What does it mean to run a disciplined startup in an undisciplined market?
A famous quote (often credited to Buffett) comes to mind:
“In the short-run, the stock market is a voting machine. Yet, in the long-run, it is a weighing machine.”
Today’s market for startup financing is operating like a voting machine. Why is that?
There’s been a massive increase in capital (votes), a slower increase in the number of quality startups (things to vote on). Hence, a relative scarcity – where everyone wants to invest in (vote on) a few things.
As a result, valuations have far exceeded fundamentals. Prices go way, startups get more for less, and everything works well for startups and TVPI until it doesn’t.
In the end, inevitably, the same holds true in capital markets as it does in the Bible:
“What has been will be again, and what has been done will be done again;
There is nothing new under the sun.”
Eventually, without exception, startups that succeed become public companies, and public companies are always valued by earnings – at least over the long term.
Whether it’s 5 months from now, or 5 years from now, public market valuations will adjust, and private markets will follow.
This is not to say there aren’t many amazing businesses being built today – many of which will become large, long-term sustainably profitable public companies.
It’s just that most startups aren’t being held to the same level of financial care as they would be when markets were a bit closer to being a weighing machine rather than a voting machine.
In short, the market today is deeply undisciplined.
So what is a disciplined startup to do?
First, if you can raise more capital at the same (or even less) dilution – it would be obvious and wise to do that. If you’re executing well, you’ll be able to grow faster, higher more competitively, and build more of a runway cushion.
However, herein lies the rub – when you’re sitting on a pile of cash that’s many times as large as you’d have in a more disciplined market, you’ll need to hold *yourself* to a more disciplined standard – even when investors aren’t (currently) doing that.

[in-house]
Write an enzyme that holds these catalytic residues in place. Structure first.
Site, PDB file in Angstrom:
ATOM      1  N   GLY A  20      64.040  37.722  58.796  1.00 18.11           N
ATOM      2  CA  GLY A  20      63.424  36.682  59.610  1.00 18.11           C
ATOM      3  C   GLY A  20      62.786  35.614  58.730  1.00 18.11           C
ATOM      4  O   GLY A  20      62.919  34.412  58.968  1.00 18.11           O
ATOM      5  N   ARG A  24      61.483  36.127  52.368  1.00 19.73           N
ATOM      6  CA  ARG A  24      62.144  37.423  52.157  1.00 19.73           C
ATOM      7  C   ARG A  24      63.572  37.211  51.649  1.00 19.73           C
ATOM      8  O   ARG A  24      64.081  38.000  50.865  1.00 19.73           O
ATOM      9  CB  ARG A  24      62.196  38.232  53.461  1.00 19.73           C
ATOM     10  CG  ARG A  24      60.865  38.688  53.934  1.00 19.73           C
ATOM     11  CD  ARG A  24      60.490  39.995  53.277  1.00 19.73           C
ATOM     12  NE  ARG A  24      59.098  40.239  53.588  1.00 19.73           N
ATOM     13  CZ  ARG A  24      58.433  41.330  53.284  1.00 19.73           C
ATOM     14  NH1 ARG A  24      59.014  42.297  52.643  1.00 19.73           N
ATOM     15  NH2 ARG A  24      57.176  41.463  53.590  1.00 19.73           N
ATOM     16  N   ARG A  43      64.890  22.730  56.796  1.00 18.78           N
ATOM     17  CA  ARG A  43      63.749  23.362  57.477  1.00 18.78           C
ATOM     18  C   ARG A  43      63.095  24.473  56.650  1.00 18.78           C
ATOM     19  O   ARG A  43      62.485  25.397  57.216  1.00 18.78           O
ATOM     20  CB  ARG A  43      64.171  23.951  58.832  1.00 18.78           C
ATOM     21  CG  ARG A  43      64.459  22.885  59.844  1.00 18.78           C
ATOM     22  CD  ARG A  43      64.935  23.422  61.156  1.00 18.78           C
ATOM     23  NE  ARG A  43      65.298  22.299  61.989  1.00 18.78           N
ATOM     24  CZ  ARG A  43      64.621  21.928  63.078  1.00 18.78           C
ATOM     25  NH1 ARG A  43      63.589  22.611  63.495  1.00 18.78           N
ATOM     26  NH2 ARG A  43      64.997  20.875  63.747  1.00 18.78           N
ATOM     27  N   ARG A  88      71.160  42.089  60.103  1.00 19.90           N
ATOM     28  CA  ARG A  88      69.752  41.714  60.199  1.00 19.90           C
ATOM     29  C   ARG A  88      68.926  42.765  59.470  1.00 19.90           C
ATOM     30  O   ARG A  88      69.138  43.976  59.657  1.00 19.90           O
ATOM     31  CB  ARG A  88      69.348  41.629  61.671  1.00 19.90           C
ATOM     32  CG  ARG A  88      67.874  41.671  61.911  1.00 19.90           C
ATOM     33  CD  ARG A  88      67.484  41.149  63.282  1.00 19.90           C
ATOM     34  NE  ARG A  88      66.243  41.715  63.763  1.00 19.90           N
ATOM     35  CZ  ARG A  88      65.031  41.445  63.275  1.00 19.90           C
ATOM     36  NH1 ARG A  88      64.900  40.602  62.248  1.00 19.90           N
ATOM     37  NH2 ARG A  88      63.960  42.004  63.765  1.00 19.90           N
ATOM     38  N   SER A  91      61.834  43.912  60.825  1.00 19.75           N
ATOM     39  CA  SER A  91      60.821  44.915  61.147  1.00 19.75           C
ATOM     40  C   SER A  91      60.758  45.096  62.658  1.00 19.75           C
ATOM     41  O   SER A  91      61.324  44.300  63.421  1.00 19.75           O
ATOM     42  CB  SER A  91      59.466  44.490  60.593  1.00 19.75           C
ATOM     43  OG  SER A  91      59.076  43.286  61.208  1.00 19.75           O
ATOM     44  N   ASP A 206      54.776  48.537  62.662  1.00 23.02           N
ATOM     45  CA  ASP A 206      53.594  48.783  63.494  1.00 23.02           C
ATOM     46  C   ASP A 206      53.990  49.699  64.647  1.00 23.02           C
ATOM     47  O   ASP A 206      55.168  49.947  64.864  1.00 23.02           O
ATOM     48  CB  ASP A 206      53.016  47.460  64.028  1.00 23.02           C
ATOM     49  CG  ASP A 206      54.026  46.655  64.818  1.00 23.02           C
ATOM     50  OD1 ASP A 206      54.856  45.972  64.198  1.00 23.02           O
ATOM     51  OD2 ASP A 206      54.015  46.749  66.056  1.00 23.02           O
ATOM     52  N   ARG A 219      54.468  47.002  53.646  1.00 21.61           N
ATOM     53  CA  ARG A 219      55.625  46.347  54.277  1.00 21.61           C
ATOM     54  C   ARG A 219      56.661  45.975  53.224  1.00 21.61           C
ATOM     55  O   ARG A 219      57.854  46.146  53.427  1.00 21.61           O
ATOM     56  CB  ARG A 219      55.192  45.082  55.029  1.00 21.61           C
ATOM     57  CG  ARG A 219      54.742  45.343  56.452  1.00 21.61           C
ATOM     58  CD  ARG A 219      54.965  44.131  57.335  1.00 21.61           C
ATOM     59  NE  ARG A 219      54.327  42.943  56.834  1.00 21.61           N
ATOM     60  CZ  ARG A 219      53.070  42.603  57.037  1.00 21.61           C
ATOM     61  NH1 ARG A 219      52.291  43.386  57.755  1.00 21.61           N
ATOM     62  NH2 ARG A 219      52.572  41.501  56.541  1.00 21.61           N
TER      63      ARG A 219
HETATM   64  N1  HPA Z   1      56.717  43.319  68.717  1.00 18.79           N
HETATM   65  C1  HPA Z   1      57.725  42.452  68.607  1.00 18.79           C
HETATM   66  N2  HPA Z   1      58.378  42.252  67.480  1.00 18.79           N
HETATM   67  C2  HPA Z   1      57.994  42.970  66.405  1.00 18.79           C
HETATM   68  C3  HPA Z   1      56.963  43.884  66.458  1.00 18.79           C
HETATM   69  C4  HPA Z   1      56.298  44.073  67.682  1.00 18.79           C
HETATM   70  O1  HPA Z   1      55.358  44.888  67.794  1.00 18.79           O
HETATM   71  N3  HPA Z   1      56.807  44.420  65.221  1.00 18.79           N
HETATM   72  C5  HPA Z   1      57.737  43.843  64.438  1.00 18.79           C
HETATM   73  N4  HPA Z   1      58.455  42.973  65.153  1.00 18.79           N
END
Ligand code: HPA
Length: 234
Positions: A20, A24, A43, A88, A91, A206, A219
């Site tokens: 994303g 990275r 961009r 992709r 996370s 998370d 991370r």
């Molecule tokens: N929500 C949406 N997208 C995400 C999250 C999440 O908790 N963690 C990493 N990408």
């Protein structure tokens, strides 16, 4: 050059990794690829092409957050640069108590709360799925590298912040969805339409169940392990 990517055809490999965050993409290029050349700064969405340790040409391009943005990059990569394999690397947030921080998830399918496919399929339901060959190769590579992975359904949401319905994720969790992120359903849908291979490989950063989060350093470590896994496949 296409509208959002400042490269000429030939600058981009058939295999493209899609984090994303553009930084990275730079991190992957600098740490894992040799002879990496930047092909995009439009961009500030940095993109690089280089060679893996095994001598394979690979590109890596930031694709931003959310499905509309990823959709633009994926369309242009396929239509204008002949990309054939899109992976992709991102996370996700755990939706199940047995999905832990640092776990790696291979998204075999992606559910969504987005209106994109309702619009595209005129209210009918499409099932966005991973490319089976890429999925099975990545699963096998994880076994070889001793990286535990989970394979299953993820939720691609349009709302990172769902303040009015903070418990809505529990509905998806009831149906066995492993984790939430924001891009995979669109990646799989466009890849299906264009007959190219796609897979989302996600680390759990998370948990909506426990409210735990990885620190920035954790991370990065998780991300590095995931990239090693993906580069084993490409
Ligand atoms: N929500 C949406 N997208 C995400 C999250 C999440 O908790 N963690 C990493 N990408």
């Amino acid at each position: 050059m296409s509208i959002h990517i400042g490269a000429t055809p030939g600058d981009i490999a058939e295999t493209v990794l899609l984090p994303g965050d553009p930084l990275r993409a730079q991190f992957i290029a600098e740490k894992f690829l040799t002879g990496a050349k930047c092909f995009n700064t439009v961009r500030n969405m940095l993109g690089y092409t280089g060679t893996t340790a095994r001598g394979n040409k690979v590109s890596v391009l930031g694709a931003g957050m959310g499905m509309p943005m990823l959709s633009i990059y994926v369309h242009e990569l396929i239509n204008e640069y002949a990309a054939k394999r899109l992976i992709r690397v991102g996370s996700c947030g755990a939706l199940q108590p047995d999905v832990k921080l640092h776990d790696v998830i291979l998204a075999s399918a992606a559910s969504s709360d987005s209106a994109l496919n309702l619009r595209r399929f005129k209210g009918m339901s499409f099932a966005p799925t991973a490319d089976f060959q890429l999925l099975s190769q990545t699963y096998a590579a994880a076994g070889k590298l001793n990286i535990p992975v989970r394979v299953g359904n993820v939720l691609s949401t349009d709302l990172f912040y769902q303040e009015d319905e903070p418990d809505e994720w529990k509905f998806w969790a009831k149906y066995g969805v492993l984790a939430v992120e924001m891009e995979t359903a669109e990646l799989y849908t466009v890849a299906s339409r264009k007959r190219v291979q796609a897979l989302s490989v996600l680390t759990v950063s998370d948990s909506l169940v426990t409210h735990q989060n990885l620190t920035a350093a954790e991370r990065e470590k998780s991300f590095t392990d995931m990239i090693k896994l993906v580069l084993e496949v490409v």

Specifically, what does that mean? A few things come to mind.
- Track profitability metrics carefully, and keep making progress toward your goals.
- Measure and improve things like LTV/CAC, including fully-loaded CAC. Be conservative (e.g. typically means capping LTV to 3-5 years, for many businesses)
- Don’t settle for a long (usually 6+ month) breakeven period, even if investors aren’t demanding it.
- Track your gross margins, and if you’re a software company, keep making steady progress toward the land of 85%+ gross margins. You’ll be rewarded when you go public.
- If you’re SaaS, don’t settle for aspiring for less (as a long term target) than 120% net revenue retention
- Be thoughtful about acquisition spending, and keep leaning heavily into smart acquisition techniques – whether it’s a creative (non paid) growth look, product-lead growth, partnerships, referrals, etc. Keep honing your special sauce in this area.
- Heed your runway, and don’t assume investors will always be there. Markets will change, and many investors behave like fair-weather fans. Write down a real plan B, that gives you the option to extend your runway by 6+ months if you need it (the better your unit economics, the more wiggle room you’ll have).
In short – a disciplined startup makes the most of the market, but also treats that extra capital as precious and scarce as it would in a bearish market. This effort absolutely has to be supported from the top down – from the CEO, head of finance, those controlling the engineering and marketing purse strings. Do this even when your board doesn’t demand it.
Demand more discipline even when others don’t.
Plan for a change in seasons when the days are long and the weather is good.
A disciplined startup plans for the long-term, and builds a foundation that can survive any weather.